DVD copy-protection may transfer to physical media
Changes are afoot at the DVD Copy Control Association, the industry body that consists of the information tech industry, the consumer electronics industry, and video content producers, including film studios.
The DVD CCA is planning to change its rules for copy protection so that consumers would be able to burn content downloaded over the Internet to blank copy-protected DVDs that can be played on a standalone DVD player.
At first the technology would be available in special public kiosks in shops or other locations, and eventually be available in the home.
From the DVD CCA: "An early application of this type of recording would likely be commercial kiosks, where consumers could buy entertainment, custom-burned on the special discs".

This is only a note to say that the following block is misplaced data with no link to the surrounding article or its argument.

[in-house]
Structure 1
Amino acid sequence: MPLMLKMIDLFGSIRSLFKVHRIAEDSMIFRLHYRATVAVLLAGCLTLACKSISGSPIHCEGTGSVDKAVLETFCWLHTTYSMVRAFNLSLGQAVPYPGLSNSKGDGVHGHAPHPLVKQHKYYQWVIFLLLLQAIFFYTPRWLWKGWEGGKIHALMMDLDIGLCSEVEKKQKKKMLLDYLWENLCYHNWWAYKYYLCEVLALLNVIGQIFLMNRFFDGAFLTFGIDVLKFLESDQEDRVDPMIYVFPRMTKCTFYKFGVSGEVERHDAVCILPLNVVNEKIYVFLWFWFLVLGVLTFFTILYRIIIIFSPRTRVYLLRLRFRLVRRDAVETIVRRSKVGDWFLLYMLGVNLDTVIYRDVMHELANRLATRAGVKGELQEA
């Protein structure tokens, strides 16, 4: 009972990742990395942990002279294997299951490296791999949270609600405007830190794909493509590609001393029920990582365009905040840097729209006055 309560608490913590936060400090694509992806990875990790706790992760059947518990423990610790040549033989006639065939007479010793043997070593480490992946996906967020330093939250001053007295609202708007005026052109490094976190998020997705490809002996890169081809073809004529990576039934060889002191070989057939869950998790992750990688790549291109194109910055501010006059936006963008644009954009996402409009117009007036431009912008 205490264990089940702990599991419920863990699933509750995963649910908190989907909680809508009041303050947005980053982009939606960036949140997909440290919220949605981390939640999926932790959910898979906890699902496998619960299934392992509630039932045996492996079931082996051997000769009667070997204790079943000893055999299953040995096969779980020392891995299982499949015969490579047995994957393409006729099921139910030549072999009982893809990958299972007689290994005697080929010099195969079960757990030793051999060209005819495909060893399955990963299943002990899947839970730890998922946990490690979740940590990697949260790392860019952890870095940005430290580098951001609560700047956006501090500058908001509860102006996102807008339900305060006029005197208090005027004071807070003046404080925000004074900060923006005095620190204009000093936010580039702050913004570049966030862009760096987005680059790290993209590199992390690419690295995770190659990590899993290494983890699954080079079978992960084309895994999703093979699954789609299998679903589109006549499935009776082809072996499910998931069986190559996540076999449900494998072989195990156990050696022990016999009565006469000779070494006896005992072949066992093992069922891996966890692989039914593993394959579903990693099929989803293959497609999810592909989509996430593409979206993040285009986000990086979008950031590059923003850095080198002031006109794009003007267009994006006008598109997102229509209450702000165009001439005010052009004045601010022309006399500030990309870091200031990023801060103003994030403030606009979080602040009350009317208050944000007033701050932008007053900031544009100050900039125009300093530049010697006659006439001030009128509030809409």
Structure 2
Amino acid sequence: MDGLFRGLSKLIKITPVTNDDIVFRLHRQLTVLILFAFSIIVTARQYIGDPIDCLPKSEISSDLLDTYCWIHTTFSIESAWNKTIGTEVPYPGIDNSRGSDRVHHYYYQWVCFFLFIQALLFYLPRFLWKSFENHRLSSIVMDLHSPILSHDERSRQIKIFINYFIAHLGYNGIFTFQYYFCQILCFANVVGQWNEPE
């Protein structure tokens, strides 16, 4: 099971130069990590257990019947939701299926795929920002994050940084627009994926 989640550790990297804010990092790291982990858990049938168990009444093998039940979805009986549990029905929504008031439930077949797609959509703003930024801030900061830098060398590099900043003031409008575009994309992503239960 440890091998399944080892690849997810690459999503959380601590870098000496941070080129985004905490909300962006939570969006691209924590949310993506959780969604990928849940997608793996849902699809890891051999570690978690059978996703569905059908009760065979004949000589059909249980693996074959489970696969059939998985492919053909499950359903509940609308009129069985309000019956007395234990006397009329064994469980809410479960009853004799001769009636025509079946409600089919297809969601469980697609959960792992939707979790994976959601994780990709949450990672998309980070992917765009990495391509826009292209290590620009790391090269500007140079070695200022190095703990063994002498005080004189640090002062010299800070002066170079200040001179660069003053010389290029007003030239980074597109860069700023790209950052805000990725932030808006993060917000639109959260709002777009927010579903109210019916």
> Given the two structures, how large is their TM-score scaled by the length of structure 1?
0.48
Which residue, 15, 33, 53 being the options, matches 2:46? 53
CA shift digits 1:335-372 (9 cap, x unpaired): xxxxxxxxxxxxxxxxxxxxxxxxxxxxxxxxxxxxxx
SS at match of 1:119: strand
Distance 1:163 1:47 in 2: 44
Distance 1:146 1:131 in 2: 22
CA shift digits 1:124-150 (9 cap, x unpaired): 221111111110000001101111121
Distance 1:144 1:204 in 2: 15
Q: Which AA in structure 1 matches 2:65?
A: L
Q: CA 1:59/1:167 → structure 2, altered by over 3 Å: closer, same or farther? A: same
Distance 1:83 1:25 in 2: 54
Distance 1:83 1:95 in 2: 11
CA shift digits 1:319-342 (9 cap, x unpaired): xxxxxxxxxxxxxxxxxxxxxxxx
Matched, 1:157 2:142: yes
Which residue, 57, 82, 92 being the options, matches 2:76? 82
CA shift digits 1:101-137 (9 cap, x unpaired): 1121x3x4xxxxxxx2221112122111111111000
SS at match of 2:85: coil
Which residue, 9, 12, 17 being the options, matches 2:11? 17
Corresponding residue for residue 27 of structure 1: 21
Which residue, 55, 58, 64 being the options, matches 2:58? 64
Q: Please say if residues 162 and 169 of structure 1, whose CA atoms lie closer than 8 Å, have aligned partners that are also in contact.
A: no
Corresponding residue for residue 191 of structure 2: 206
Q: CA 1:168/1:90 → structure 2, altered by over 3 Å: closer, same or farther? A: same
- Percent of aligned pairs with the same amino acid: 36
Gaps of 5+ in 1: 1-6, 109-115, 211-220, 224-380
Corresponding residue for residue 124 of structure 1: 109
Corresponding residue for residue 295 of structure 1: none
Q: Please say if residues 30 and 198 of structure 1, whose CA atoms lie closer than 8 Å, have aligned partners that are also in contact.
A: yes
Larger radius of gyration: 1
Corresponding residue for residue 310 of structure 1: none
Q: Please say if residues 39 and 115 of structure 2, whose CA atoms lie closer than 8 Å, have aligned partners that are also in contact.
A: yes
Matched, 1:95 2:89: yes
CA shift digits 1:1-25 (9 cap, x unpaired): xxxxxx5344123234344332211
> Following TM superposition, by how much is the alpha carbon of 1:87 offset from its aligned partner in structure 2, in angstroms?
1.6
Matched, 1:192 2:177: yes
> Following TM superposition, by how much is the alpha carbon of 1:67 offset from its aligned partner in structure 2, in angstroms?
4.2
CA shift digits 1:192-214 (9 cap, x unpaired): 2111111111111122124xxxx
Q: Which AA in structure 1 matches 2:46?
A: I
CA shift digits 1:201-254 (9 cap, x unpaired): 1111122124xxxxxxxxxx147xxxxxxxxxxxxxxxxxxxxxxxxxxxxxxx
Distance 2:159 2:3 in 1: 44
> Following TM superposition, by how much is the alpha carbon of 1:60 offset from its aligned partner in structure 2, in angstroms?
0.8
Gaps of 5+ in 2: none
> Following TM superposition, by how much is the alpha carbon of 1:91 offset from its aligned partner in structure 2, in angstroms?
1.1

"This would allow consumers to obtain, for example, unusual, historical, or special content that is now unavailable on DVD because existing demand does not warrant the mass reproduction today's market requires."
The technology is the same for these discs and current commercially-sold discs: Content Scramble System, or CSS.
The difference is that instead of encoding the DRM in the downloaded media, it would be included on the blank DVD.
According to a spokesperson for the DVD CCA, there's no news on how long it will be until these kiosks start rolling out.
The industry is looking to tap into a market of fans who want access to the more arcane movies and cancelled TV shows that aren't released on DVD to the mass market because there's so little demand for them.